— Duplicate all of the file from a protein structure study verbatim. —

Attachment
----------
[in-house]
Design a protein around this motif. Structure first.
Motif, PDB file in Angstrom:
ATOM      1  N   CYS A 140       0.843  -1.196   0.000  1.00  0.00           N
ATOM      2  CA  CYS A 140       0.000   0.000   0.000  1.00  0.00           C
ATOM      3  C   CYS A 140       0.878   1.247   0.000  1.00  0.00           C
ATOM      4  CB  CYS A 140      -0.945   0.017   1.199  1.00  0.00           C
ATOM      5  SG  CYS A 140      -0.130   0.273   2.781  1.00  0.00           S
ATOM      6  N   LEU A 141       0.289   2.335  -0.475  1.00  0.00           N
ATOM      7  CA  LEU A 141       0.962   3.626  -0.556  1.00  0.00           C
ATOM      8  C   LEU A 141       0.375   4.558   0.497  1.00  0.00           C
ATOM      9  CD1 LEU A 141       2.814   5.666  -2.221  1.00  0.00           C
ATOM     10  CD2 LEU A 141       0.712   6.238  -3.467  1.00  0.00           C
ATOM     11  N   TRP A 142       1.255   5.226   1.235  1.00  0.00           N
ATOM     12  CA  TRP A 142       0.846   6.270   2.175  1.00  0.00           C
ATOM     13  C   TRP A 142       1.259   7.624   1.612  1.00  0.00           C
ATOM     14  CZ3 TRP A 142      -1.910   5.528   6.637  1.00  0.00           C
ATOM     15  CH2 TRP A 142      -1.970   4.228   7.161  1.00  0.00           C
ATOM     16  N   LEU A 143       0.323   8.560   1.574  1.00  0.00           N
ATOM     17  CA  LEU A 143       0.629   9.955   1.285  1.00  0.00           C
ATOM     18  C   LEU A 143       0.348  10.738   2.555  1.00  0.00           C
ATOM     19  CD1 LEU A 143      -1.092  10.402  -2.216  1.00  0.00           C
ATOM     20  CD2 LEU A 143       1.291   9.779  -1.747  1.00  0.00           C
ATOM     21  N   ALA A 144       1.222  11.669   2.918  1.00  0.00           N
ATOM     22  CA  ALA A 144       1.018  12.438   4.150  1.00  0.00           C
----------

[in-house]
Design a protein around this motif. Structure first.
Motif, PDB file in Angstrom:
ATOM      1  N   CYS A 140       0.843  -1.196   0.000  1.00  0.00           N
ATOM      2  CA  CYS A 140       0.000   0.000   0.000  1.00  0.00           C
ATOM      3  C   CYS A 140       0.878   1.247   0.000  1.00  0.00           C
ATOM      4  CB  CYS A 140      -0.945   0.017   1.199  1.00  0.00           C
ATOM      5  SG  CYS A 140      -0.130   0.273   2.781  1.00  0.00           S
ATOM      6  N   LEU A 141       0.289   2.335  -0.475  1.00  0.00           N
ATOM      7  CA  LEU A 141       0.962   3.626  -0.556  1.00  0.00           C
ATOM      8  C   LEU A 141       0.375   4.558   0.497  1.00  0.00           C
ATOM      9  CD1 LEU A 141       2.814   5.666  -2.221  1.00  0.00           C
ATOM     10  CD2 LEU A 141       0.712   6.238  -3.467  1.00  0.00           C
ATOM     11  N   TRP A 142       1.255   5.226   1.235  1.00  0.00           N
ATOM     12  CA  TRP A 142       0.846   6.270   2.175  1.00  0.00           C
ATOM     13  C   TRP A 142       1.259   7.624   1.612  1.00  0.00           C
ATOM     14  CZ3 TRP A 142      -1.910   5.528   6.637  1.00  0.00           C
ATOM     15  CH2 TRP A 142      -1.970   4.228   7.161  1.00  0.00           C
ATOM     16  N   LEU A 143       0.323   8.560   1.574  1.00  0.00           N
ATOM     17  CA  LEU A 143       0.629   9.955   1.285  1.00  0.00           C
ATOM     18  C   LEU A 143       0.348  10.738   2.555  1.00  0.00           C
ATOM     19  CD1 LEU A 143      -1.092  10.402  -2.216  1.00  0.00           C
ATOM     20  CD2 LEU A 143       1.291   9.779  -1.747  1.00  0.00           C
ATOM     21  N   ALA A 144       1.222  11.669   2.918  1.00  0.00           N
ATOM     22  CA  ALA A 144       1.018  12.438   4.150  1.00  0.00           C